With a long history of looking for the best players and moving them up the ladder towards national team opportunities, ODP has identified many top players over the years. But that structure exists outside of decisions made by clubs, where players spend most of their time. And, in the ODP setup, advancing to higher levels and going on international trips is almost inevitably tied to whether each player’s family can afford the additional fees.
US Club Soccer id2 and ECNL have removed that aspect, though unlike these programs, U.S. Youth Soccer ODP expenses do come with actual series of supplemental training. But if players can’t afford the next level, they risk losing the opportunity for exposure to the national teams, where the all-expense paid model re-enters the equation.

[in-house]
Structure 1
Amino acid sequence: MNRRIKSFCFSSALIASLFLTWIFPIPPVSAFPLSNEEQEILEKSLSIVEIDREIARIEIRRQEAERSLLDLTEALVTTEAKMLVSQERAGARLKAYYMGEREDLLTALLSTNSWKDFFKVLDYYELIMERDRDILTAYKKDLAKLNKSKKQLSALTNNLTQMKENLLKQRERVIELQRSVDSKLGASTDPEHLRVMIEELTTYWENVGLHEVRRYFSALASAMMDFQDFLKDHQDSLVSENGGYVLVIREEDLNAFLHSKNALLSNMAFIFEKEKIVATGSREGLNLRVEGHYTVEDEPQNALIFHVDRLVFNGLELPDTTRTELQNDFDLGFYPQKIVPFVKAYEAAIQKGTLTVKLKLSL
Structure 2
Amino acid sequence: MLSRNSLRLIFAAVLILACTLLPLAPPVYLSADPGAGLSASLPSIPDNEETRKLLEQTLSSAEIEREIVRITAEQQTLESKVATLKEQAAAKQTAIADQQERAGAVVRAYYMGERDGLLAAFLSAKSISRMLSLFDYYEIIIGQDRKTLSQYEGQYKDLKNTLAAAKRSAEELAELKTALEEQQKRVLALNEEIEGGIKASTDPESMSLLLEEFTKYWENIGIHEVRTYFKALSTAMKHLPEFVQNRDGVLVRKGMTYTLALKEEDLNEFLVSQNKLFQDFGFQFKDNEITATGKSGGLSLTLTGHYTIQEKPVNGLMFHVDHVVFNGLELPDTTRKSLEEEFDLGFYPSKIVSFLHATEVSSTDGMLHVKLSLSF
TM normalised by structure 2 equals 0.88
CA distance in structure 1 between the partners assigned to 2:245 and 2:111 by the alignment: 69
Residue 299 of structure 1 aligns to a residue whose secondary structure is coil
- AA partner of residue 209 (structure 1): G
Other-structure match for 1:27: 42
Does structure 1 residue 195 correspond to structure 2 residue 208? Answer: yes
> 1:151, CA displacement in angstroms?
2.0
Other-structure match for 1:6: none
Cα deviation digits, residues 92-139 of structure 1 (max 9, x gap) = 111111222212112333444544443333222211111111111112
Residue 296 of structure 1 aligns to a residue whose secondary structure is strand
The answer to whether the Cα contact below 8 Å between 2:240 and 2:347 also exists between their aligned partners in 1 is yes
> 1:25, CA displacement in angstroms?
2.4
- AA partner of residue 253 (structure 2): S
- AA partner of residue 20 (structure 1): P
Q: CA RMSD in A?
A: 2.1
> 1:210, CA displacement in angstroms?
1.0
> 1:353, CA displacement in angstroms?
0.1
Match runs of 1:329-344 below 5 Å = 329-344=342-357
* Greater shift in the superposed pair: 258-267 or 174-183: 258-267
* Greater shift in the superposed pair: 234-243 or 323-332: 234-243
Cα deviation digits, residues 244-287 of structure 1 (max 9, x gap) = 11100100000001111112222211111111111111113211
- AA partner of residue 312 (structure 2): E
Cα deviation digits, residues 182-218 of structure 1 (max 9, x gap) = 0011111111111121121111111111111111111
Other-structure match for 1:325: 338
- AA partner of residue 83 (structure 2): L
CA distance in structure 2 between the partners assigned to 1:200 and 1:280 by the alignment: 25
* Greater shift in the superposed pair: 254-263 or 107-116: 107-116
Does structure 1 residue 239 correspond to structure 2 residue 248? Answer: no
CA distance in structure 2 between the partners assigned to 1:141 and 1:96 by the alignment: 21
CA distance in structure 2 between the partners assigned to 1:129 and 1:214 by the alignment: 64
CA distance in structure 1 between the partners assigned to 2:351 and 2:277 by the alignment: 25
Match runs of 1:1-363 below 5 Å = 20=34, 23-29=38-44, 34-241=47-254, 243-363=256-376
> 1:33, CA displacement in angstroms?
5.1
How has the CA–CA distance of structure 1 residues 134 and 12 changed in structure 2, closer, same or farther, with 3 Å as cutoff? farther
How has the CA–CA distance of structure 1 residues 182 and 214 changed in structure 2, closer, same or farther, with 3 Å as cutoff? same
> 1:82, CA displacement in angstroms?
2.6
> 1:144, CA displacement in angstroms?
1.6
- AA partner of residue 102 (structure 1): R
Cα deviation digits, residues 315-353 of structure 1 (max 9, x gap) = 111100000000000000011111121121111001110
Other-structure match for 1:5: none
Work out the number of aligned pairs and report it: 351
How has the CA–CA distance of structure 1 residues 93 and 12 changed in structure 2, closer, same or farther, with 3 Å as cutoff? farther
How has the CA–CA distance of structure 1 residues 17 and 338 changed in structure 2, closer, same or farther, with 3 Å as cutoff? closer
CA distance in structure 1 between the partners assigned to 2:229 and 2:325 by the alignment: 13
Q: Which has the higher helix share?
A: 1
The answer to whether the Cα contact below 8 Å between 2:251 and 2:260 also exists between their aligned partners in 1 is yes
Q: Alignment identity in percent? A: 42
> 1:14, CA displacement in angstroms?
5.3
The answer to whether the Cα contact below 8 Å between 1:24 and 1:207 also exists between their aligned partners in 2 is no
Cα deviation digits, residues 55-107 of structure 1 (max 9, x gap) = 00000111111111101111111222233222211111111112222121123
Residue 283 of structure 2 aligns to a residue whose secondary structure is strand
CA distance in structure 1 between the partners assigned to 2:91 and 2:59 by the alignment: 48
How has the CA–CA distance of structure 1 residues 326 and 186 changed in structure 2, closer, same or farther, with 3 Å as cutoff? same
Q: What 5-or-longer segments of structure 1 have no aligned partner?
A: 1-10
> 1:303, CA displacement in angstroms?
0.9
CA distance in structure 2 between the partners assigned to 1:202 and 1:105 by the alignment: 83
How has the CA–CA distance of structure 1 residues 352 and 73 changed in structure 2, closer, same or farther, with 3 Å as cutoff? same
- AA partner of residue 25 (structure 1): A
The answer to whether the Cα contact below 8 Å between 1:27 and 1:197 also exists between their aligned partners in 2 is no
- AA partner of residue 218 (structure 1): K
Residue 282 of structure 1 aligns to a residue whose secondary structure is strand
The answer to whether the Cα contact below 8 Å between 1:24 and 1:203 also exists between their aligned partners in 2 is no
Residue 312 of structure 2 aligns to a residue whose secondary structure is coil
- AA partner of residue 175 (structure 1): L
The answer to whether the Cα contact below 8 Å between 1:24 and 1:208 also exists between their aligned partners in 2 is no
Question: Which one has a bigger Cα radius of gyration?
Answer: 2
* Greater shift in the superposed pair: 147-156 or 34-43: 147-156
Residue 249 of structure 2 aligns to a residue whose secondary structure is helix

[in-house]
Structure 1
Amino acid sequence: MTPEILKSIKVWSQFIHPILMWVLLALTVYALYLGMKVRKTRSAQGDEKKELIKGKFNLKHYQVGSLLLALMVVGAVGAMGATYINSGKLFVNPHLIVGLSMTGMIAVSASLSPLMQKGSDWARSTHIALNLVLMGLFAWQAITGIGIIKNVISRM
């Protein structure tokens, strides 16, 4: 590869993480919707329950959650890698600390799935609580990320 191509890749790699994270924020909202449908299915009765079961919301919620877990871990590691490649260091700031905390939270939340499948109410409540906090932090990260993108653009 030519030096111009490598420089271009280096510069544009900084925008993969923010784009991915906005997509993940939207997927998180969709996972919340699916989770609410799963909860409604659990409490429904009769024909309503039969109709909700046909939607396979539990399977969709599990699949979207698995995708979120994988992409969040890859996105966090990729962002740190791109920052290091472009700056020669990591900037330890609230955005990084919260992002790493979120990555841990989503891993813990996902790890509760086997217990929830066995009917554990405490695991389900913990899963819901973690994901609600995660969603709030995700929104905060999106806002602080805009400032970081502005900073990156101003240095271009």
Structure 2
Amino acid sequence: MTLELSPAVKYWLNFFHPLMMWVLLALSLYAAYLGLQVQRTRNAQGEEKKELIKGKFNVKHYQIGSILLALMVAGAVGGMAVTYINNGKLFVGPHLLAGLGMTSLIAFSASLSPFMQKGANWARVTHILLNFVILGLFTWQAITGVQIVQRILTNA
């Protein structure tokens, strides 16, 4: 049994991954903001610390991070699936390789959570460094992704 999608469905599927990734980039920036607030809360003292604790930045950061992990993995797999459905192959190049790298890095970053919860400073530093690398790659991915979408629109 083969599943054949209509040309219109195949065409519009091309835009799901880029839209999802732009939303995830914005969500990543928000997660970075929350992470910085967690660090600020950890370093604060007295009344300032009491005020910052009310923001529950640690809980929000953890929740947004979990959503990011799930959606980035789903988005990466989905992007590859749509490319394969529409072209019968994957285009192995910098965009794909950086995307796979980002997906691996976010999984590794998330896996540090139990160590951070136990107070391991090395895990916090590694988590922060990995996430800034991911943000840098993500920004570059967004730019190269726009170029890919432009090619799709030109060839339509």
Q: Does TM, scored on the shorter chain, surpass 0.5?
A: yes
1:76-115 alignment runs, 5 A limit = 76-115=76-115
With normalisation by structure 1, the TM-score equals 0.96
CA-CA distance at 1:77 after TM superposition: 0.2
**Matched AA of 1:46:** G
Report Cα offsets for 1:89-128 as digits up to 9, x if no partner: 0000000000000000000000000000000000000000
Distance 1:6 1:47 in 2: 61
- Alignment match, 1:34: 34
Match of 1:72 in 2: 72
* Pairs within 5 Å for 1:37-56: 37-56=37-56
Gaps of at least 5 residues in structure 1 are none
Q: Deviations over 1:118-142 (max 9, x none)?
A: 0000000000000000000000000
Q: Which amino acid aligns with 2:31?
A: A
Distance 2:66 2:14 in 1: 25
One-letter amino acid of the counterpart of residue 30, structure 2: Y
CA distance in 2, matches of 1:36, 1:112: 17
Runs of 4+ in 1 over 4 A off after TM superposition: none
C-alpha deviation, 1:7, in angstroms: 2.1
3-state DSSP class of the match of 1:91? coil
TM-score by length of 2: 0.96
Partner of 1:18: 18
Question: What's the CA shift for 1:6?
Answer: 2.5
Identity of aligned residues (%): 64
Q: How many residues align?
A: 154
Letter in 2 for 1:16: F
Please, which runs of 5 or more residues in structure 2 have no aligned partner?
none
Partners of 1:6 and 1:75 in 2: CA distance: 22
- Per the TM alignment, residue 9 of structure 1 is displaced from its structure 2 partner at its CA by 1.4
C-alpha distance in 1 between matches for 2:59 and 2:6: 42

With the third season in full swing, the application period for new clubs closed on Jan. 15, so the task now will be to decide which clubs may be added for year four. But with 66 clubs already in, members have concerns about diluting the ECNL. Dewhurst said the league needs to look at its geographic model while making sure the quality remains at a high caliber.
“If a club is good enough, we want them in,” Lavers said. “But at some point, the talent, the quality of the talent pool, it drops at some point, and again, you have different opinions of where that is. And we balance that with geographic requirements for travel and competition.”